Two proposed senate bills would alter criminal justice reform laws passed this past election

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OKLAHOMA CITY – Two proposed senate bills would alter two criminal justice reform laws, which passed this past election.

"Today, many of these individuals, when we're putting them away, aren't receiving any sort of addiction treatment,” said Danielle Ezell with the Oklahoma Women’s Coalition.

That’s one reason why Ezell voted yes to state questions 780 and 781.

"I met with some female inmates yesterday, and one of them said to me 'I keep being locked away, but we're not treating my addiction,'” Ezell said.

780 will change certain non-violent drug and theft related crimes from felonies to misdemeanors.

781 was designed to make funds available that could be claimed by private rehabilitative organizations to provide drug and mental health treatment.

Both aim to lower the incarceration rate in our state.

"I have had a lot of people in law enforcement, district attorneys, ADAs, sheriffs right on down the line come to me and tell me that by having everything be a misdemeanor as far as the drug possession that is going to cause some serious problems,” said Senator Micheal Bergstrom.

Bergstrom authored senate bill 256, which would author those laws.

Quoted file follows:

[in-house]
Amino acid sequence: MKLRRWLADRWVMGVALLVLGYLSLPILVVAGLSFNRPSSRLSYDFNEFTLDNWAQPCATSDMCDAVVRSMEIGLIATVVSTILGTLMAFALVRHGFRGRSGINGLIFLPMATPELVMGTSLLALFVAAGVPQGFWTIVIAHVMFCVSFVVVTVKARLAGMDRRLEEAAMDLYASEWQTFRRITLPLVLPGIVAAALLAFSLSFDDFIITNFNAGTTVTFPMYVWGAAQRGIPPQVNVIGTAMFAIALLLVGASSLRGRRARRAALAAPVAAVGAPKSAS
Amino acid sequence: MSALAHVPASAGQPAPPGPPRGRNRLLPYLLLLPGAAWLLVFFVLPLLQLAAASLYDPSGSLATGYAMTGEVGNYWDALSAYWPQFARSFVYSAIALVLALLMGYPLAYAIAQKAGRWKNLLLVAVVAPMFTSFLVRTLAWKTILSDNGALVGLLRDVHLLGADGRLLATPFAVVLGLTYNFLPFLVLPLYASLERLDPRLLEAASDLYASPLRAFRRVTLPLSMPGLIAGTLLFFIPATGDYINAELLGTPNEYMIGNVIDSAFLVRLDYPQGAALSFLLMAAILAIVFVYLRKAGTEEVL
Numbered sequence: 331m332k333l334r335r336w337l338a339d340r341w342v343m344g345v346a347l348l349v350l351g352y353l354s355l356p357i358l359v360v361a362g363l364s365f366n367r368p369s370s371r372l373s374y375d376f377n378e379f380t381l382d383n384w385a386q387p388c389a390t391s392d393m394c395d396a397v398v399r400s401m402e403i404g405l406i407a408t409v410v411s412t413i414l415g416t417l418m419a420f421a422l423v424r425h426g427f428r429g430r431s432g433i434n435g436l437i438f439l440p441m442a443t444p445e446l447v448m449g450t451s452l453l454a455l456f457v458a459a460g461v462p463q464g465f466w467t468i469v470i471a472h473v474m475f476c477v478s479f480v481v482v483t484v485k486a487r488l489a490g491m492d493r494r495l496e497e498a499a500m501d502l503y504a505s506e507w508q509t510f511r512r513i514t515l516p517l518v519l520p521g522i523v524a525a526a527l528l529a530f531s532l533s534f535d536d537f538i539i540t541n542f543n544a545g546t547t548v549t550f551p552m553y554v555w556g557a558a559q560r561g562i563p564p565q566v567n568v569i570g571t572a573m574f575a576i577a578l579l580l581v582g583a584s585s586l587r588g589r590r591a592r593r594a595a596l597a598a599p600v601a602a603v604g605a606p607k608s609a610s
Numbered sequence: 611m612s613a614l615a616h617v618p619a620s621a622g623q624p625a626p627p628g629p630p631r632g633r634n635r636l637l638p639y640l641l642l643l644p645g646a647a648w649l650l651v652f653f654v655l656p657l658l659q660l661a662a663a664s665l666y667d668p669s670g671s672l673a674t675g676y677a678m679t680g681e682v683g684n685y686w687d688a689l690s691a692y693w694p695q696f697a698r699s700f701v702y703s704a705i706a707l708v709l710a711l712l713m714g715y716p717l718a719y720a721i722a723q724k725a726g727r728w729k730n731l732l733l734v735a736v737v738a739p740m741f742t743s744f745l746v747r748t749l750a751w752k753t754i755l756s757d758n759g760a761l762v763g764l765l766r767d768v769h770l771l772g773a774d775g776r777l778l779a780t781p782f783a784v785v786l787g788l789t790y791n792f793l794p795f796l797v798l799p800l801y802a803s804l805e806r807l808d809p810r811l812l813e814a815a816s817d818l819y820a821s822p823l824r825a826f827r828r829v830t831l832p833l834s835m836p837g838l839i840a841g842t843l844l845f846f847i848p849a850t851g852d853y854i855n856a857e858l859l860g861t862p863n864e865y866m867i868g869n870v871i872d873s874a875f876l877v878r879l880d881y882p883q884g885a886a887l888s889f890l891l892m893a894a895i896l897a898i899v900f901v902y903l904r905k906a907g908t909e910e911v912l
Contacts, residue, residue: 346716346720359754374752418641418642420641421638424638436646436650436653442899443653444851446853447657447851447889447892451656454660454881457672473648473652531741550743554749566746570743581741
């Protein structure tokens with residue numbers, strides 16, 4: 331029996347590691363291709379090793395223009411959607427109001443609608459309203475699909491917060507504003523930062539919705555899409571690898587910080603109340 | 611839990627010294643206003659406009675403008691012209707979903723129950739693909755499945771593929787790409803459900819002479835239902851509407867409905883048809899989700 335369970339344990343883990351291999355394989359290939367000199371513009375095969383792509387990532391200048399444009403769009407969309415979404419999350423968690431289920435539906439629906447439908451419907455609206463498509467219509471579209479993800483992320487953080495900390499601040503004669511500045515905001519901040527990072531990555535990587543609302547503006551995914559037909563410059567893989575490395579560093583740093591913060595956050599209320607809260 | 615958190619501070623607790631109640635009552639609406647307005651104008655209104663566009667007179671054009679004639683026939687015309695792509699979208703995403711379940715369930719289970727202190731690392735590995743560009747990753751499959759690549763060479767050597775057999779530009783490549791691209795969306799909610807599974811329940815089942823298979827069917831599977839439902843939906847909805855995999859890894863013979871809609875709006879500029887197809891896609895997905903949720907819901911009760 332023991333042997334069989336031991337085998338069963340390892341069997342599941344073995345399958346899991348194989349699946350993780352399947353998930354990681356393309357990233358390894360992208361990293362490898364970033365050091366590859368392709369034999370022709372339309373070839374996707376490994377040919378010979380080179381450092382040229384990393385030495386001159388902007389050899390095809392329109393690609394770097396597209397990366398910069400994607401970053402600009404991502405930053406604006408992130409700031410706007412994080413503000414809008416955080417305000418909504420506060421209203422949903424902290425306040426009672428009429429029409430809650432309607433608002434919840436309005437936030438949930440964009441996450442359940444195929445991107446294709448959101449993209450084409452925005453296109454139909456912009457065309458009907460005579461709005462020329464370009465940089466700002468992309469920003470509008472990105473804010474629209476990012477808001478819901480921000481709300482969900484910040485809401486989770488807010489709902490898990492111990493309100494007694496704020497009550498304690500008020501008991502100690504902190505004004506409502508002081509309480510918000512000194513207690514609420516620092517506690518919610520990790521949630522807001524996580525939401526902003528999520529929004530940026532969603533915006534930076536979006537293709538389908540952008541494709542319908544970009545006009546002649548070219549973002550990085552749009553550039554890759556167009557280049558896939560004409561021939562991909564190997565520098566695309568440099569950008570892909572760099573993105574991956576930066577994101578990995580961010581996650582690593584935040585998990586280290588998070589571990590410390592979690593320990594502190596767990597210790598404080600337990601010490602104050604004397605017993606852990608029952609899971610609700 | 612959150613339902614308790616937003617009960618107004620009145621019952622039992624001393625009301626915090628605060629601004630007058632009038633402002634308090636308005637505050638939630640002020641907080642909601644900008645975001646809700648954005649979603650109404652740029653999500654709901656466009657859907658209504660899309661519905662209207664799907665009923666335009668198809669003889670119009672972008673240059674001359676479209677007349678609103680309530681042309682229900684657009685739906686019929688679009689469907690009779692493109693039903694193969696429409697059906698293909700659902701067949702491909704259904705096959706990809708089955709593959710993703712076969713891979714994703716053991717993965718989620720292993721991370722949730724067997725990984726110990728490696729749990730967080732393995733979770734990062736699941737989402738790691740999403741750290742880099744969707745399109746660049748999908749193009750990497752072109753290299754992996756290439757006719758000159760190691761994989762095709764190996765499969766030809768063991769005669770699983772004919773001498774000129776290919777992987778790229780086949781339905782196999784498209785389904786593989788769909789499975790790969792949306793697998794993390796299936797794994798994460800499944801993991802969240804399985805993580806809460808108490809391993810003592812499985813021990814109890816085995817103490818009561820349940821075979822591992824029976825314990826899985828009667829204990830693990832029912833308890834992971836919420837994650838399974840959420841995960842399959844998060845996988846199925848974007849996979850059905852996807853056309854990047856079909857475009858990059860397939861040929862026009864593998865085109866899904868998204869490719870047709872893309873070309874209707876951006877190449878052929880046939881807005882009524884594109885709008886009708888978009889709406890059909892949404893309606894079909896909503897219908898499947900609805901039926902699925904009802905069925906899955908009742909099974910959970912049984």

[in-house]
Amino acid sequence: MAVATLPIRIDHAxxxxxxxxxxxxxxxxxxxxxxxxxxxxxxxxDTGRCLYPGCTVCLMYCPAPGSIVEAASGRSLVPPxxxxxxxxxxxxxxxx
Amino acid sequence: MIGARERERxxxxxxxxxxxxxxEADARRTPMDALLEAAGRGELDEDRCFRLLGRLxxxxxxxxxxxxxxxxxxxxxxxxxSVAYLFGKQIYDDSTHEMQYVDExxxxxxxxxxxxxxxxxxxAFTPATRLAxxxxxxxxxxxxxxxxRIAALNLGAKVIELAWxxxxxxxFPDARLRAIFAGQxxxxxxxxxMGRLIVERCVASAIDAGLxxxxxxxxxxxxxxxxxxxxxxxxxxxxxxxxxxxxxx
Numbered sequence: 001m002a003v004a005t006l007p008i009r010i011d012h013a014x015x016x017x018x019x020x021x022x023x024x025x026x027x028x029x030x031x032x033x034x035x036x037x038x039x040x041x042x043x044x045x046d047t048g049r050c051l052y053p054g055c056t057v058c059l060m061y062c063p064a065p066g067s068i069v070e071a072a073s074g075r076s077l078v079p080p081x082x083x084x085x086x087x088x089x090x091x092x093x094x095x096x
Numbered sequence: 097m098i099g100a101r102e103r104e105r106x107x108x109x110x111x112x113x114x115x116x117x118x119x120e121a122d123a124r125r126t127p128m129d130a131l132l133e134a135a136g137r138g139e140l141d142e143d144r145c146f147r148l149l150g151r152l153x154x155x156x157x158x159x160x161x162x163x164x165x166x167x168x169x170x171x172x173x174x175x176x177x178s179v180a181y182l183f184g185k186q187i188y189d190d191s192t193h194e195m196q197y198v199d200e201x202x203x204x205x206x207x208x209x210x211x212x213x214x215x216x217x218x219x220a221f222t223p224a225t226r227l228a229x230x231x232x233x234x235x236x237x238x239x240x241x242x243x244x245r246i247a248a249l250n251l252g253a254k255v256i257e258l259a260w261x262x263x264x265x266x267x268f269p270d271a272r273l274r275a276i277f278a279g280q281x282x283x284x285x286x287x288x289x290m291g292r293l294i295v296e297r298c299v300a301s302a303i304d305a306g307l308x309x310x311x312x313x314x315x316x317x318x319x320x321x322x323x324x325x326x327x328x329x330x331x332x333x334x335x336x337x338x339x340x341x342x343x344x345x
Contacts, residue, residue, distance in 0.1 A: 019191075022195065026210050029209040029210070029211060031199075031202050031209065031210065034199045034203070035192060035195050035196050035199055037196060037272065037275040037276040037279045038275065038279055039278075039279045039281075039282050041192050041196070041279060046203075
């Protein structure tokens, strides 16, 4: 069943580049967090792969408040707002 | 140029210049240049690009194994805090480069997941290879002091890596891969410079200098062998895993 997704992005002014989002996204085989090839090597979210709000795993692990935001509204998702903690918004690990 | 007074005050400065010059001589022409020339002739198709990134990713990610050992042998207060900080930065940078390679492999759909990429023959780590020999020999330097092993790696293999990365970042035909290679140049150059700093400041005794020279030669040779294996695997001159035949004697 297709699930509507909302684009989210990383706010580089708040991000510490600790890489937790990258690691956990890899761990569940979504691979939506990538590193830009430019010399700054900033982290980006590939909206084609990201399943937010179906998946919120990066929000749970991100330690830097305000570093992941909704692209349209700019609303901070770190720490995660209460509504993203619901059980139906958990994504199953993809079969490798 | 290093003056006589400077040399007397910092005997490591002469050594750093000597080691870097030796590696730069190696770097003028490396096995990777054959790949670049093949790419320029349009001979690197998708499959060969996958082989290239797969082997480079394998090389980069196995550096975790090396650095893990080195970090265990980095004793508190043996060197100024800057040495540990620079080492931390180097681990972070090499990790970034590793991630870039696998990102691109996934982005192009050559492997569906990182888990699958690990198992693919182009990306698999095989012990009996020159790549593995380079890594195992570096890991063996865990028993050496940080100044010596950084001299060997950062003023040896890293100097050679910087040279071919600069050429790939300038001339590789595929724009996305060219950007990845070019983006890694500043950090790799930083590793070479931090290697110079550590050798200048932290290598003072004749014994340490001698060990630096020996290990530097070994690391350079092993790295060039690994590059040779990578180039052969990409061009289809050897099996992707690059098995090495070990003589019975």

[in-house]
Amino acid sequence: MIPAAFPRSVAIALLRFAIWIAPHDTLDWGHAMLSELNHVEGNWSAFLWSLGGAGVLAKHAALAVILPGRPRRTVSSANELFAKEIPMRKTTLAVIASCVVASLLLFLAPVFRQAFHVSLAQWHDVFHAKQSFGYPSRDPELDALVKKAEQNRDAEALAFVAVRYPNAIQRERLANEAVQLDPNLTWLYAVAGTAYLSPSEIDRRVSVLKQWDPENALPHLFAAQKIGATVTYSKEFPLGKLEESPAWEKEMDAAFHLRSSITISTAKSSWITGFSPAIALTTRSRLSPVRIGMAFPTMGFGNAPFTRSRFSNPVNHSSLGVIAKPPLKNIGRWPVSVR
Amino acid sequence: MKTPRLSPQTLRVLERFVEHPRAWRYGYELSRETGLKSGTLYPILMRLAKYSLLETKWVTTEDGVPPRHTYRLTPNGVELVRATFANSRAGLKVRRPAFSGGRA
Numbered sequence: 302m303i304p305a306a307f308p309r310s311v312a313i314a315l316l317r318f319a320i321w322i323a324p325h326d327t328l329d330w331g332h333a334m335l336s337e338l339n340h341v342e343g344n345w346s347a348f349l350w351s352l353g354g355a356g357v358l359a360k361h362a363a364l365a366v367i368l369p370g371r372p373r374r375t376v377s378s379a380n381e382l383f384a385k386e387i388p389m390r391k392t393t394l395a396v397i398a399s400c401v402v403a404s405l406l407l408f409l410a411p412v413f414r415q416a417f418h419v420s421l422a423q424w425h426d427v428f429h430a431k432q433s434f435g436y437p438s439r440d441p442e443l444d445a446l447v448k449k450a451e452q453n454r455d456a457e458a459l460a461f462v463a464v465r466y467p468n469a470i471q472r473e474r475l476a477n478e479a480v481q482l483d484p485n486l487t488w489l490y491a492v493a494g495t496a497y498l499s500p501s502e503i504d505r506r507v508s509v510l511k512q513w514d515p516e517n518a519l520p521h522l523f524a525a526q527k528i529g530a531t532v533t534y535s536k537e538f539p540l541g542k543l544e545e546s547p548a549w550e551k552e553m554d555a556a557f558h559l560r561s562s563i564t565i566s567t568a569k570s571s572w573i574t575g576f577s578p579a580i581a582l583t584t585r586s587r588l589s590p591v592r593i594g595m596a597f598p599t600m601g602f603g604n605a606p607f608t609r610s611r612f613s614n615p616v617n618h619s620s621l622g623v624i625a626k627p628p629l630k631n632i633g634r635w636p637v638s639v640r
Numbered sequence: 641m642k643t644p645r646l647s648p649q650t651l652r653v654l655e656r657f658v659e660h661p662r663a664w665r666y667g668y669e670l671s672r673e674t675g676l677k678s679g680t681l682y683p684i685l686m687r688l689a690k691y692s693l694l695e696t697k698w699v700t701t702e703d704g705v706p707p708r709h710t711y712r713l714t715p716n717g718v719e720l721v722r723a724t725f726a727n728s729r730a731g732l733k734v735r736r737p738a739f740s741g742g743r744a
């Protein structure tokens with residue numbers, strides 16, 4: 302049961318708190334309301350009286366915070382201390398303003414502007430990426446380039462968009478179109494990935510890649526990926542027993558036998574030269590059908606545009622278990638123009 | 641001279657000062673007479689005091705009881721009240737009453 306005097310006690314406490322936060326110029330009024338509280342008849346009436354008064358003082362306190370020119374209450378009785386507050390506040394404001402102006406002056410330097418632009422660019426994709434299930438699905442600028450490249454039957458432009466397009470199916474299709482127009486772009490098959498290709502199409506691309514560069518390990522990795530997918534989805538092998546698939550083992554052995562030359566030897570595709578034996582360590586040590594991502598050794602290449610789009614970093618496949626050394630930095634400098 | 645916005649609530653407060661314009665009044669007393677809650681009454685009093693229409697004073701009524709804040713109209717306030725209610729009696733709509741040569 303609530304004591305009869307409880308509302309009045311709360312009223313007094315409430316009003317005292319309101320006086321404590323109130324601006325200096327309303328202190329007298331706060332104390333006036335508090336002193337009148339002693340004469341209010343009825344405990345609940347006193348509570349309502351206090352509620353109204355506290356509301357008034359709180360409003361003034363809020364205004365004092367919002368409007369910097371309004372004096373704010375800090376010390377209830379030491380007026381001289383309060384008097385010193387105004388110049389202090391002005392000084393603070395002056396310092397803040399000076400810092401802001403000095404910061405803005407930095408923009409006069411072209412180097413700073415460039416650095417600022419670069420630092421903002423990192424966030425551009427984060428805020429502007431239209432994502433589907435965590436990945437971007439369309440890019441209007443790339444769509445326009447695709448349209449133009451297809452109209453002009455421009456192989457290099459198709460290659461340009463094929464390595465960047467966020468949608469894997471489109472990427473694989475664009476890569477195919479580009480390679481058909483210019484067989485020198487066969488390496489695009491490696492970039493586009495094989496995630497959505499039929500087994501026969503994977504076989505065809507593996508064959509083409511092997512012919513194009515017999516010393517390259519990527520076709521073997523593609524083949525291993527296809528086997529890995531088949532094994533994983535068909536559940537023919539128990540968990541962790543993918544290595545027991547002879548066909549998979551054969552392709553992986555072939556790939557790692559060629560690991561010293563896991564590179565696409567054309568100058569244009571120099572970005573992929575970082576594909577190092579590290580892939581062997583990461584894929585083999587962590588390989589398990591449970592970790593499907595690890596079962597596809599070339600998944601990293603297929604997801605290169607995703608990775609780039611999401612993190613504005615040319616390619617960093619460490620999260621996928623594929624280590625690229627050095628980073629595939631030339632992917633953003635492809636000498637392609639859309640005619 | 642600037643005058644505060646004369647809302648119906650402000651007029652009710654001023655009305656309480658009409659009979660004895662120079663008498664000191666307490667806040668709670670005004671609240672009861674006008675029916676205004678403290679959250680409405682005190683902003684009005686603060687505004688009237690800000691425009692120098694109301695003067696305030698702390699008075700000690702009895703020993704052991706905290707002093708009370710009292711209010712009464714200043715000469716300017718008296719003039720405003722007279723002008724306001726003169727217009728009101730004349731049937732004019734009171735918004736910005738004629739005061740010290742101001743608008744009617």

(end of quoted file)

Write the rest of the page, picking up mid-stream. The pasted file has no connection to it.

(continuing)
"My bill does not immediately make the first offense or the second offense a felony. You're looking at a third time. So, you get three chances,” Bergstrom said.

Bergstrom’s bill is similar to senate bill 398.

"I still support the part that we need to do something about incarcerating people but, when people reoffend and reoffend as it is now or after that bill goes into effect after the 1st and 21st, it's still a misdemeanor,” said Senator Darcy Jech, who authored SB 398.

Those who opposed the bills are speaking out.

"It's really infuriating and upsetting that some of our elected officials are ignoring the vote of the people,” Ezell said.

However, both senators said they’re willing to hear them out.

"If I can meet with some of the organizations that are opposed to it, maybe we can come to some sort of compromise,” Jech said.

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